The Prophetic Significance of the Offerings
Along with the burnt offering there were five other types of offerings each representing different aspects of a follower of Yeshua dealing with sin in his life. They are listed in Leviticus and elsewhere in the Torah. They are:
- the meal or cereal offering (Lev 2; 6:14–23)
- the guilt or sin offering (Lev 4; 6:24–30)
- the trespass offering (Lev 5:14–6:7)
- the peace or wave offering (Lev 3; 7:11–21)
- the drink offering (Exod 29:40;–41; 30:9; Lev 23:13; Num 6:17; 15:5, 7, 10, 24; 28:7–10, 15, 24; 29:16, 22, 25, 28, 31, 34, 38)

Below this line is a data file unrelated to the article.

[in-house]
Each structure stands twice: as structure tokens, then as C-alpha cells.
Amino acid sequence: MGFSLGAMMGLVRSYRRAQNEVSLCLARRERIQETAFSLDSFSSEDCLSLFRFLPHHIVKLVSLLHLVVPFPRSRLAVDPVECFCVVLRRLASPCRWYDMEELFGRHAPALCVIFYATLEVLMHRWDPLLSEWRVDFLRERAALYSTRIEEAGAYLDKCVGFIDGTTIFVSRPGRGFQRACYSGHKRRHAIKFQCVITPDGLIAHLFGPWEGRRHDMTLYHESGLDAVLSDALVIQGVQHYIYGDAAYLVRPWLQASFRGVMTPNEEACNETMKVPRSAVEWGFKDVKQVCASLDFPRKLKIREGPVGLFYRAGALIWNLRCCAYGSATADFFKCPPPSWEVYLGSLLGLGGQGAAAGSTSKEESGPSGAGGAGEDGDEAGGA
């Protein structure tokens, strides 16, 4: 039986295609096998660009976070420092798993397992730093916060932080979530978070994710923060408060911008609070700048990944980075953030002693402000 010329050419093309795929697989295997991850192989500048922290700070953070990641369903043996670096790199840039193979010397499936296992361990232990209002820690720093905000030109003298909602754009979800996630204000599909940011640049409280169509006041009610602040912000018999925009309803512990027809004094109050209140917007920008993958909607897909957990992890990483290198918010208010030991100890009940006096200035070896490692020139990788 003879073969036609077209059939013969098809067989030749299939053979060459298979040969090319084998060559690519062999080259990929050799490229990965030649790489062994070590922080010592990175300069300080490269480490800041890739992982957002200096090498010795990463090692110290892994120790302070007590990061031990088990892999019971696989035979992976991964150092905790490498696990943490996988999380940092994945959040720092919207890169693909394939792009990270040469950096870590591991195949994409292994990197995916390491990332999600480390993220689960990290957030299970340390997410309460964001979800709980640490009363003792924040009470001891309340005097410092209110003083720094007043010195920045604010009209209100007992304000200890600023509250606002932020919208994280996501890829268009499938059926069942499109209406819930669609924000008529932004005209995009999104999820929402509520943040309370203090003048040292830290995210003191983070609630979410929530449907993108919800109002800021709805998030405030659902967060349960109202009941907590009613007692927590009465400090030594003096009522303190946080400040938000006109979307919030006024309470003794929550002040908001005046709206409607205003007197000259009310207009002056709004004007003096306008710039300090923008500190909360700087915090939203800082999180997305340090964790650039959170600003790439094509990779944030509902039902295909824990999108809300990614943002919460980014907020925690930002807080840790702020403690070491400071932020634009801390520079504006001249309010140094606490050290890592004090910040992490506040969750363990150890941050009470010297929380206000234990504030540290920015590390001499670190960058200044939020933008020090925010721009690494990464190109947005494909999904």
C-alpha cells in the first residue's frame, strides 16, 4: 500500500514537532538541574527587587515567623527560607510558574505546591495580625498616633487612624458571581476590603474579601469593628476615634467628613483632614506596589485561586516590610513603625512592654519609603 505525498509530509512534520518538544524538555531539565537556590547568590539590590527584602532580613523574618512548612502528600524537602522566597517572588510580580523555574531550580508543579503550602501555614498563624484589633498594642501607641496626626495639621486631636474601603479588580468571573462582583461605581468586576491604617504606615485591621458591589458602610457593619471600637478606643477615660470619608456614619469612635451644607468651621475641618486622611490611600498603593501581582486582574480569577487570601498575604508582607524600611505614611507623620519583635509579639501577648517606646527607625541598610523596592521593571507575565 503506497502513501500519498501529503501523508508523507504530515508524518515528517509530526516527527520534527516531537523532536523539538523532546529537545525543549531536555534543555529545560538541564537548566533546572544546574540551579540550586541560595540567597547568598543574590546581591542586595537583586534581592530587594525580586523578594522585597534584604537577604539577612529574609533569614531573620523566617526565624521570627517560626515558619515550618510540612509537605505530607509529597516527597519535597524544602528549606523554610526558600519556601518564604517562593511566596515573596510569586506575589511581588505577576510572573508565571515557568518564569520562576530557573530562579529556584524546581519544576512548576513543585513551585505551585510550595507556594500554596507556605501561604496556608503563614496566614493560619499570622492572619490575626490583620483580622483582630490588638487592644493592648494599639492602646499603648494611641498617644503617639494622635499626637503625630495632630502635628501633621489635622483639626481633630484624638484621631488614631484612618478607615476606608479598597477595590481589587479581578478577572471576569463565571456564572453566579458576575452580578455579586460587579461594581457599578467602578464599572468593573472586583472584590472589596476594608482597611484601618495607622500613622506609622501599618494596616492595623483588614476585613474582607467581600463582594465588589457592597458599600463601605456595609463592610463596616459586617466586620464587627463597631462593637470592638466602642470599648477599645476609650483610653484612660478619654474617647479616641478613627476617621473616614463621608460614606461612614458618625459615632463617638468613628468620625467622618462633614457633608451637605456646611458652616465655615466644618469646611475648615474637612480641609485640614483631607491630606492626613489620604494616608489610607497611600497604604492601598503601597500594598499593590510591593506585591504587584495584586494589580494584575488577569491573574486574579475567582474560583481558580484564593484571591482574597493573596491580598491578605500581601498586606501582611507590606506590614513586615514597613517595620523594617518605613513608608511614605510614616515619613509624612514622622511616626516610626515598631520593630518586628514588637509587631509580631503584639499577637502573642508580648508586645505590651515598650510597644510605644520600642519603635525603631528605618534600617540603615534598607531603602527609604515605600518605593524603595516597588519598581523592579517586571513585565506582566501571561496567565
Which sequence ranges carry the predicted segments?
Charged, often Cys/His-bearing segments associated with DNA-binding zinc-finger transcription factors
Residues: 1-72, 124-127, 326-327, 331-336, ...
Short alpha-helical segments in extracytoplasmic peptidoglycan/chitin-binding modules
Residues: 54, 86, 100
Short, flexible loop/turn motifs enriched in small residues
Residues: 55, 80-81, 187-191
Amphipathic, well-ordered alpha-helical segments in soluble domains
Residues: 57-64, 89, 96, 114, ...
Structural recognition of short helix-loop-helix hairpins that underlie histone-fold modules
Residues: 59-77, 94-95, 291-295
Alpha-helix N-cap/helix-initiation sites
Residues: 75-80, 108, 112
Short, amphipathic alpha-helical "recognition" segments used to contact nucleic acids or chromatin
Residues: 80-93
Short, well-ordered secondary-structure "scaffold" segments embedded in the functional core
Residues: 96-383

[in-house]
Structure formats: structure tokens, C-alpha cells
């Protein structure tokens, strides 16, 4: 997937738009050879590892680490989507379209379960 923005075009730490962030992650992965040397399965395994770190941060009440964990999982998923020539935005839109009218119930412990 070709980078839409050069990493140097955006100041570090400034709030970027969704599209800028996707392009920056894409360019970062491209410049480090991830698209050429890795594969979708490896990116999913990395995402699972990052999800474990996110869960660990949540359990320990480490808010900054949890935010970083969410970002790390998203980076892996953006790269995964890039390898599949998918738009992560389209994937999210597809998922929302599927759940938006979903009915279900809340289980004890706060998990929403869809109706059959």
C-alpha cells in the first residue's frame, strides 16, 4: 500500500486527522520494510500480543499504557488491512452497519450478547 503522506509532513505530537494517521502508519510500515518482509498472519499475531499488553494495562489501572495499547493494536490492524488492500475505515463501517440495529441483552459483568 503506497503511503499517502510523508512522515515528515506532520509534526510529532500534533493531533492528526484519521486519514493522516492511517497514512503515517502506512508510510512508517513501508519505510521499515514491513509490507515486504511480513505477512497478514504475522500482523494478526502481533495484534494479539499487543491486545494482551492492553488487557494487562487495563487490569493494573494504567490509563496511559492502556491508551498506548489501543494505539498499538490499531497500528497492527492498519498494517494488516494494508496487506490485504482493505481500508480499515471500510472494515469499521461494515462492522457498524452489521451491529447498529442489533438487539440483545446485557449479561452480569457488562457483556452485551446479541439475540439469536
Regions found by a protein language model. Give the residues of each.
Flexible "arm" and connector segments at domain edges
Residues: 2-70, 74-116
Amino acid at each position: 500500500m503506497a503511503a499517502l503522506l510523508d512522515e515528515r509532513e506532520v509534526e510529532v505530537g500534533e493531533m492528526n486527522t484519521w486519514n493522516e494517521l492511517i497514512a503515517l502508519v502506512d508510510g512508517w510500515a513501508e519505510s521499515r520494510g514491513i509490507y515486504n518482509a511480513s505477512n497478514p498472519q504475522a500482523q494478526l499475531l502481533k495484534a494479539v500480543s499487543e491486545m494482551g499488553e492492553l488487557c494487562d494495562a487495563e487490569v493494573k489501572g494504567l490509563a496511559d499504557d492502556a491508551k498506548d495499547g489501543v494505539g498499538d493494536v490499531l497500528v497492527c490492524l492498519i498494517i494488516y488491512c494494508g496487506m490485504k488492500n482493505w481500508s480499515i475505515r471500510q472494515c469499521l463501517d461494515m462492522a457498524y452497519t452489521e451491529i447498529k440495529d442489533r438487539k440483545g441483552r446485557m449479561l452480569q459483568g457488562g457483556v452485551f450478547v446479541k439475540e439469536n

In these offerings, there is great spiritual symbolism. For example, the oil, salt, flour, frankincense and baking over fire of the meal offering all point to Yeshua. In scriptural poetic symbolism, oil represents the Set-Apart (Holy) Spirit of Elohim and the Torah, fine flour speaks of the righteousness of Yeshua who is the Bread of Life, while salt is a metaphor for purity and taste enhancement, and frankincense speaks of prayers of the saints. This offering contained no leavening agent; it was unleavened bread, and leavening is a scriptural metaphor for sin. It contained no honey, since honey overpowers the real flavor of something. This prophetically points to the words spoken by Yeshua; they were not “sweetened” to blunt their real truth or intent. The Word of Elohim is never compromised to placate the palate of the carnal man (see John 6:60; 3:34; 8:28; Rev 1:5). The meal offering was baked by fire. Yeshua fulfilled this offering in every way by his death on the cross (see Isa 53:5–12; compare with Ps 22:15; Luke 23:56–24:1; John 3:14; 12:32). The Testimony of Yeshua teaches us that redeemed believers are to fulfill this prophetic symbolism by becoming like “living sacrifices” (see Rom 12:1; Matt 5:10–13; John 16:33; 2 Tim 3:12).